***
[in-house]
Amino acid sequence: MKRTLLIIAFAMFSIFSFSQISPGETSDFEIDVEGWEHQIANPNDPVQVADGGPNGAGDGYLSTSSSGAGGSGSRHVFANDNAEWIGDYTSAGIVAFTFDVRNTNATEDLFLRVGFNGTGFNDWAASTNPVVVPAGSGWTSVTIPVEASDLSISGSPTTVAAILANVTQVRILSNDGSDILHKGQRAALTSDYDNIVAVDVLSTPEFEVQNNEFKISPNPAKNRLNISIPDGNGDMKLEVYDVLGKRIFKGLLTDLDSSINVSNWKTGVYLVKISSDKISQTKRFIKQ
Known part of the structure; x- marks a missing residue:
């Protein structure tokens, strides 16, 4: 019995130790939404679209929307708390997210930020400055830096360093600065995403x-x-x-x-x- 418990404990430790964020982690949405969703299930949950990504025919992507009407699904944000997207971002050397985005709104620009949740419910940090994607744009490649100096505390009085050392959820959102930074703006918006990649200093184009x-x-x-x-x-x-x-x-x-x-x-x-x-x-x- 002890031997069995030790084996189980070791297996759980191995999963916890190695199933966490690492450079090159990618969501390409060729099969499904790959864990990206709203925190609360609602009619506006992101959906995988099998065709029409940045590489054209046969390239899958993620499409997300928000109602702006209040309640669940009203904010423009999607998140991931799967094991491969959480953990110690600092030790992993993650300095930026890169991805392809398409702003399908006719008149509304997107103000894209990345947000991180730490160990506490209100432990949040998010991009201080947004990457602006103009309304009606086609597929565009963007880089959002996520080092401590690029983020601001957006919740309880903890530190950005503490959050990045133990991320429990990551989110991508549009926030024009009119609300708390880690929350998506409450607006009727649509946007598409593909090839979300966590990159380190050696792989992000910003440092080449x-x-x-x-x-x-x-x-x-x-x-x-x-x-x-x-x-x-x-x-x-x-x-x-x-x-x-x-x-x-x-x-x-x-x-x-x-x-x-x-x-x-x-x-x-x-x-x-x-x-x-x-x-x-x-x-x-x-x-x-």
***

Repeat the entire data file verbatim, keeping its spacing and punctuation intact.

[in-house]
Amino acid sequence: MKRTLLIIAFAMFSIFSFSQISPGETSDFEIDVEGWEHQIANPNDPVQVADGGPNGAGDGYLSTSSSGAGGSGSRHVFANDNAEWIGDYTSAGIVAFTFDVRNTNATEDLFLRVGFNGTGFNDWAASTNPVVVPAGSGWTSVTIPVEASDLSISGSPTTVAAILANVTQVRILSNDGSDILHKGQRAALTSDYDNIVAVDVLSTPEFEVQNNEFKISPNPAKNRLNISIPDGNGDMKLEVYDVLGKRIFKGLLTDLDSSINVSNWKTGVYLVKISSDKISQTKRFIKQ
Known part of the structure; x- marks a missing residue:
């Protein structure tokens, strides 16, 4: 019995130790939404679209929307708390997210930020400055830096360093600065995403x-x-x-x-x- 418990404990430790964020982690949405969703299930949950990504025919992507009407699904944000997207971002050397985005709104620009949740419910940090994607744009490649100096505390009085050392959820959102930074703006918006990649200093184009x-x-x-x-x-x-x-x-x-x-x-x-x-x-x- 002890031997069995030790084996189980070791297996759980191995999963916890190695199933966490690492450079090159990618969501390409060729099969499904790959864990990206709203925190609360609602009619506006992101959906995988099998065709029409940045590489054209046969390239899958993620499409997300928000109602702006209040309640669940009203904010423009999607998140991931799967094991491969959480953990110690600092030790992993993650300095930026890169991805392809398409702003399908006719008149509304997107103000894209990345947000991180730490160990506490209100432990949040998010991009201080947004990457602006103009309304009606086609597929565009963007880089959002996520080092401590690029983020601001957006919740309880903890530190950005503490959050990045133990991320429990990551989110991508549009926030024009009119609300708390880690929350998506409450607006009727649509946007598409593909090839979300966590990159380190050696792989992000910003440092080449x-x-x-x-x-x-x-x-x-x-x-x-x-x-x-x-x-x-x-x-x-x-x-x-x-x-x-x-x-x-x-x-x-x-x-x-x-x-x-x-x-x-x-x-x-x-x-x-x-x-x-x-x-x-x-x-x-x-x-x-």